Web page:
All of the biggest U.S. airlines offer credit cards with either no annual fee or a lower fee than their standard cards. The new cards aren’t exceptional offerings, especially for frequent travelers. But they could provide value in a different way for existing airline cardholders thinking about canceling their high-fee cards. By downgrading to one of these cards, they could dump their current airline card, and its annual fee, without hurting their credit scores.
For example, if you used to live in Atlanta, a Delta Air Lines hub, but moved away and now rarely use your Gold Delta SkyMiles® Credit Card from American Express, you might find it’s not worth its annual fee: $0 for the first year, then $95. But you might be able to get rid of the recurring fee by requesting a downgrade to the Blue Delta SkyMiles® Credit Card from American Express, which has an annual fee of $0. Without a fee, it doesn’t cost you anything to keep a seldom-used card.
Downgrading vs. canceling
Downgrades are a little-known way of ditching a card without closing the account. Canceling a card account can hurt your credit in a couple of ways. First, it reduces the average age of your open accounts. More significantly, it reduces the amount of your available credit, which can increase your credit utilization, a big factor in credit scores. Swapping a card for a different one within the same family — even from a fee card to a no-fee card — doesn’t hurt if you can retain your account and credit limit.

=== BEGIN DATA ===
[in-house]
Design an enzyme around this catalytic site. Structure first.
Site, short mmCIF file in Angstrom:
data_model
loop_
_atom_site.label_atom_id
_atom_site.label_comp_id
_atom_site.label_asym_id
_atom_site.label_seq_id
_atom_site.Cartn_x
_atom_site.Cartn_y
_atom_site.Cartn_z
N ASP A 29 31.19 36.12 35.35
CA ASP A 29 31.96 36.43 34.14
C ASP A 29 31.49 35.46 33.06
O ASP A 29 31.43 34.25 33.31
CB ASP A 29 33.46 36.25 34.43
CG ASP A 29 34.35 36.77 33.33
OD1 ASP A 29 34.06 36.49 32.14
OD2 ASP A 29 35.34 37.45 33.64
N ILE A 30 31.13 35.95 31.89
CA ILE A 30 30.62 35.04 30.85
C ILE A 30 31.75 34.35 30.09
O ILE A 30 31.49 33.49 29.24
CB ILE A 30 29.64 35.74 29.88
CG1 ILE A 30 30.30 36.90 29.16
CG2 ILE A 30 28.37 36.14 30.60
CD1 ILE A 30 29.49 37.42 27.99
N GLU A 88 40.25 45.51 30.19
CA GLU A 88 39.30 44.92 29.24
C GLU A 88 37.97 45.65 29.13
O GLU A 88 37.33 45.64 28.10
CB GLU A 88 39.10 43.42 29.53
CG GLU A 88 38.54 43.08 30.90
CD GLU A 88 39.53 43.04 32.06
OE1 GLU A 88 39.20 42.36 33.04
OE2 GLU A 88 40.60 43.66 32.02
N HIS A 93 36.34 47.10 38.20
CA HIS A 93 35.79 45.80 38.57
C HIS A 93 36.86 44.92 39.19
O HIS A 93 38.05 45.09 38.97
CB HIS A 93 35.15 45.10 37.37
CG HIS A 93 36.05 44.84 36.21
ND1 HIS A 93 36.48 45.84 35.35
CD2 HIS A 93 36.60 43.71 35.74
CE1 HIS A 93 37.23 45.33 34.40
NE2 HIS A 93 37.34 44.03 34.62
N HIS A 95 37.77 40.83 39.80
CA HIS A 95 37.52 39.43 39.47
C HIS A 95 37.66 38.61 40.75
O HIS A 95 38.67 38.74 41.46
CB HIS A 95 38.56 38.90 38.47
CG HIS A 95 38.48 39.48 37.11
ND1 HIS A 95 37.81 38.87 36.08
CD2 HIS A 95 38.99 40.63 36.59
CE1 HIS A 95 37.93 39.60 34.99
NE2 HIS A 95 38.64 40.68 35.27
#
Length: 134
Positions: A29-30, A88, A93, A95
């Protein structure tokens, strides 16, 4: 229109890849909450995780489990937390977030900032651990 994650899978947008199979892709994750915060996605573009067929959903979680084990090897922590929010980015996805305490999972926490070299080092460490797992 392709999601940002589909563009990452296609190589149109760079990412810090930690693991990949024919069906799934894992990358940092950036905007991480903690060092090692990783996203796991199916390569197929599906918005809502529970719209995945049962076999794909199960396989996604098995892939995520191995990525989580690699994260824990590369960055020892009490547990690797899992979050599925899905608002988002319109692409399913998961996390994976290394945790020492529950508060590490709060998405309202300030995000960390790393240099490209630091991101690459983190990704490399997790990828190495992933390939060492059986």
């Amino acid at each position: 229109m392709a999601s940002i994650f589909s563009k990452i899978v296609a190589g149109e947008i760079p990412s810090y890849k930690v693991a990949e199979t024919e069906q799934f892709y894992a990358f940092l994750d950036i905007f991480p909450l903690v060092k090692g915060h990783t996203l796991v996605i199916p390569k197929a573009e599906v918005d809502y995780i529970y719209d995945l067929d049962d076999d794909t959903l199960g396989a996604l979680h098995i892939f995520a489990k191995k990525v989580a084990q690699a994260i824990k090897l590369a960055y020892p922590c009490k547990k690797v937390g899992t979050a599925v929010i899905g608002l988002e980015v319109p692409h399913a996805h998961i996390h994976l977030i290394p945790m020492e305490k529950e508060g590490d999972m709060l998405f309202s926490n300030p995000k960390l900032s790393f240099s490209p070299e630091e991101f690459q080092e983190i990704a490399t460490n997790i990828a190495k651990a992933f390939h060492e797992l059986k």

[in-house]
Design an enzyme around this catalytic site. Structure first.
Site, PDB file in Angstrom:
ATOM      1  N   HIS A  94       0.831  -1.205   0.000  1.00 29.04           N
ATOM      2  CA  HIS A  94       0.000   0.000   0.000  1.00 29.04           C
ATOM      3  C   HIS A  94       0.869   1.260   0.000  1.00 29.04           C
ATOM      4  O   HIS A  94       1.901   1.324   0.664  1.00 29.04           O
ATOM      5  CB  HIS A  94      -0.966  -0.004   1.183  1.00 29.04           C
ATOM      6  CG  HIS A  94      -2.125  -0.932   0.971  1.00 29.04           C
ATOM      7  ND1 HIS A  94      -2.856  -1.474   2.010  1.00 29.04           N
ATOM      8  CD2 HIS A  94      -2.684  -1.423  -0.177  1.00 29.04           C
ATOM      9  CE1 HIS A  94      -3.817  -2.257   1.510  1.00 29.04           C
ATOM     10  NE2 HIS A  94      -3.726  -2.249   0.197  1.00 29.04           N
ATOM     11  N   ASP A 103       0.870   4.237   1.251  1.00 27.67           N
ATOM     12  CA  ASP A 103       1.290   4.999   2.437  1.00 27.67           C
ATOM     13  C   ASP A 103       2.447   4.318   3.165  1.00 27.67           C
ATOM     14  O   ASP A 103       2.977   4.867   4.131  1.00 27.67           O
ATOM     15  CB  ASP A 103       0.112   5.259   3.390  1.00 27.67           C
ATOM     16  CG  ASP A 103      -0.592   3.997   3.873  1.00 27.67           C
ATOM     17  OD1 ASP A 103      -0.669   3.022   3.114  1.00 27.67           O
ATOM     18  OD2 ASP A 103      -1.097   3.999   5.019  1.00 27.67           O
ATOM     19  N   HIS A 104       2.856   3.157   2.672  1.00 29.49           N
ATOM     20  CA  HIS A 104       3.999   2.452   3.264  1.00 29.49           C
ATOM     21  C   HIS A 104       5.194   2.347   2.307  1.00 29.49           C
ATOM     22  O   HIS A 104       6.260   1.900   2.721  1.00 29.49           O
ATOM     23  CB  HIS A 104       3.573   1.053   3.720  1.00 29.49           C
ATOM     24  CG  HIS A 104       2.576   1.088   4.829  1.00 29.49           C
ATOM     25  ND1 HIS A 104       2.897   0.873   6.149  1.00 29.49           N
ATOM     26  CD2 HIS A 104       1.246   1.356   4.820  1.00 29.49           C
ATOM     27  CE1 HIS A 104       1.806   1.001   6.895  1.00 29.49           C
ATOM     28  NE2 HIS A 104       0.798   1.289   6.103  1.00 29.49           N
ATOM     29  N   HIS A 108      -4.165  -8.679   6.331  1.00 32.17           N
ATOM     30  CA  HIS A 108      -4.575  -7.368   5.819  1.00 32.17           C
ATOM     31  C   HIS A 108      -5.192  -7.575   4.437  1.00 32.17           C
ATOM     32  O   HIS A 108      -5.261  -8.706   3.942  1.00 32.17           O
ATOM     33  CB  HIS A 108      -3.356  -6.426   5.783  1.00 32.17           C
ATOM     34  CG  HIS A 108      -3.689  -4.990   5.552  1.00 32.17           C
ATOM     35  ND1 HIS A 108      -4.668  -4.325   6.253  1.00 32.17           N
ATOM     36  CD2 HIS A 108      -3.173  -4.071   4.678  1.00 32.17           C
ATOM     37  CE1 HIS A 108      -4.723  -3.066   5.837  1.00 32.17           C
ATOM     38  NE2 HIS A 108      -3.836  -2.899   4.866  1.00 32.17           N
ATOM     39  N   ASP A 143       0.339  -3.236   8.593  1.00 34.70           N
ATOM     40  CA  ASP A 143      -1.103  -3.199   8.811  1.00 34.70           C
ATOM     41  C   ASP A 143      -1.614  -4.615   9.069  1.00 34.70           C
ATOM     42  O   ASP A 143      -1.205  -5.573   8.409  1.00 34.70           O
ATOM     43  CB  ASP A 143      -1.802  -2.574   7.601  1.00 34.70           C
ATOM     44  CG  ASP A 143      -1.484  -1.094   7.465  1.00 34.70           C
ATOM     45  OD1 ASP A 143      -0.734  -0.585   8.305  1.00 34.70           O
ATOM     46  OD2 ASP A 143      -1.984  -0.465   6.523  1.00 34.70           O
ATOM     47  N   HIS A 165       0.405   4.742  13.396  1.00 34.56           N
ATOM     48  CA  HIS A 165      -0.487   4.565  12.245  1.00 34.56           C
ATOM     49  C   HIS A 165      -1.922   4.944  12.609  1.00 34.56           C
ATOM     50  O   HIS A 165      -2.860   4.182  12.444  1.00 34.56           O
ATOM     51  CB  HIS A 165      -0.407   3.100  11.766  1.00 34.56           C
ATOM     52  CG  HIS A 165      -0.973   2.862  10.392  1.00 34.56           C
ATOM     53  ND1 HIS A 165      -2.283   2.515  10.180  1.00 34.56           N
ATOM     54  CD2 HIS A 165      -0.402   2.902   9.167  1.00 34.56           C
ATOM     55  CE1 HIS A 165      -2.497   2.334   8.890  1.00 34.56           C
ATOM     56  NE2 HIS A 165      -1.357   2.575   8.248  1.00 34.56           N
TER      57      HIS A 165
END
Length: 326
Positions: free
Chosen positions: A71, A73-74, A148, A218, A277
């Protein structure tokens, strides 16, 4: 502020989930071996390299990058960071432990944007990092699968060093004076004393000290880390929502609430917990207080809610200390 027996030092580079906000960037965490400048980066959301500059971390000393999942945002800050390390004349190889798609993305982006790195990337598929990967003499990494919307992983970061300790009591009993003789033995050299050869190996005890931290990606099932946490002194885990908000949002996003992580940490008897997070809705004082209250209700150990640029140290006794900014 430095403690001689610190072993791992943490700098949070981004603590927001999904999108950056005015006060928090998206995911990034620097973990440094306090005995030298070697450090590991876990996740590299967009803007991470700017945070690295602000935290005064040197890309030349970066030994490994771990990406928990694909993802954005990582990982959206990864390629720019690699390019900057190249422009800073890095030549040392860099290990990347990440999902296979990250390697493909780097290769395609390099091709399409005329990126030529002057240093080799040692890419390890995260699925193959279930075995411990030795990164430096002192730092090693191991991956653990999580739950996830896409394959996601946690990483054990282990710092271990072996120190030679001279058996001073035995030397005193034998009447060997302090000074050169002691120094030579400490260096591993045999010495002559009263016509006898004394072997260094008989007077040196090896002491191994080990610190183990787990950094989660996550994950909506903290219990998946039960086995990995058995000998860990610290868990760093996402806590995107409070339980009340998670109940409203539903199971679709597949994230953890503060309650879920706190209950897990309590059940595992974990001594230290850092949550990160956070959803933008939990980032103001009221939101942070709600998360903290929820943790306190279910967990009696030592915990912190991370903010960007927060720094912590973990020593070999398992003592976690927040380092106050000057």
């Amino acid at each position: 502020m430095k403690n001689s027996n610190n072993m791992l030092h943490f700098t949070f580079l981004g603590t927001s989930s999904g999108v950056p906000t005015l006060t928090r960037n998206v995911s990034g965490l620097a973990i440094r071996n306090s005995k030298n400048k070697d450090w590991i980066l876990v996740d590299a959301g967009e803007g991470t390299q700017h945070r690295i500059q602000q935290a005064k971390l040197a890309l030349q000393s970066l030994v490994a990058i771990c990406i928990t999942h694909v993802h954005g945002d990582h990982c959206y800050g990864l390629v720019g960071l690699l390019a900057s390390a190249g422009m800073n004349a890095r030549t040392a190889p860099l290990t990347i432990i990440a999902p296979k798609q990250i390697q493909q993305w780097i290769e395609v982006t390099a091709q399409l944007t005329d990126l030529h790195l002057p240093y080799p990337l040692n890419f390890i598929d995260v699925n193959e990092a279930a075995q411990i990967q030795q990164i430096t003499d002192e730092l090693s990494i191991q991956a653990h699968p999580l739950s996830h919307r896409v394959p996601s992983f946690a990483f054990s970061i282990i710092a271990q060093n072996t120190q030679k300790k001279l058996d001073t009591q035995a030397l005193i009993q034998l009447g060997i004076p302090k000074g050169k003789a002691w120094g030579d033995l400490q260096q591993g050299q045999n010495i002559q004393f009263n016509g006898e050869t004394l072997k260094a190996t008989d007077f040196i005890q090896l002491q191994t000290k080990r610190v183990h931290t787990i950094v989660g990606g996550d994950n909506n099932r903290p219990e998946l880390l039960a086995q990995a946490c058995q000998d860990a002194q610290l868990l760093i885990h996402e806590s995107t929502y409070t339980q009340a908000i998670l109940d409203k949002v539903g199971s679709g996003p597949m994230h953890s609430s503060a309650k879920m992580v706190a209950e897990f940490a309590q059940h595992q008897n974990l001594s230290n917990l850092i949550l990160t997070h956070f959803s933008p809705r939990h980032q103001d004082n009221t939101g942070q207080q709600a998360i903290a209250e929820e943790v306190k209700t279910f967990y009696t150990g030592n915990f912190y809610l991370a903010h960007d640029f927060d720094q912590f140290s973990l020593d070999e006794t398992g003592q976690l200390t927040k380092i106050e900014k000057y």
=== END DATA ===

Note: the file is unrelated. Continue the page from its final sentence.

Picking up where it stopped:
The downgrade option is not one that issuers advertise, and it isn’t guaranteed. It might involve negotiating with a customer service representative. The backdrop for the conversation is that the issuer wants to keep you as a customer and would likely rather have you downgrade than cancel. Be aware that you won’t get any sign-up bonus for downgrading to the new card.
All three major network airlines have paid attention to the market for cards with no annual fee. The other major U.S. carrier, Southwest Airlines, doesn’t have a no-fee card, but it does have a cheaper alternative:
|Airline||Standard card, |
|American||Citi® / AAdvantage® Platinum Select® World Elite™ Mastercard®,|
$0 for the first year, then $99
|American Airlines AAdvantage MileUp℠ Card,
|Delta||Gold Delta SkyMiles® Credit Card from American Express, |
$0 for the first year, then $95
|Blue Delta SkyMiles® Credit Card from American Express,
|Southwest||Southwest Rapid Rewards® Premier Credit Card,|
|Southwest Rapid Rewards® Plus Credit Card,
|United||United℠ Explorer Card, |
$0 for the first year, then $95
|United℠ TravelBank Card,
Consider bags before bailing
Before dumping or downgrading an airline card, however, make sure it doesn’t hold enough value to be worth the annual fee. The most obvious way many airline cards earn their keep is by waiving checked bag fees, typically $25 to $30 per bag each way. That can be worth $100 to $120 on a single round trip for a couple. The no-fee versions of major airline cards do not include free checked bags. (It’s not an issue for Southwest Airlines because all passengers get the first two checked bags for free.)
Information about the United℠ TravelBank Card has been collected by NerdWallet and has not been provided or reviewed by the issuer of this card.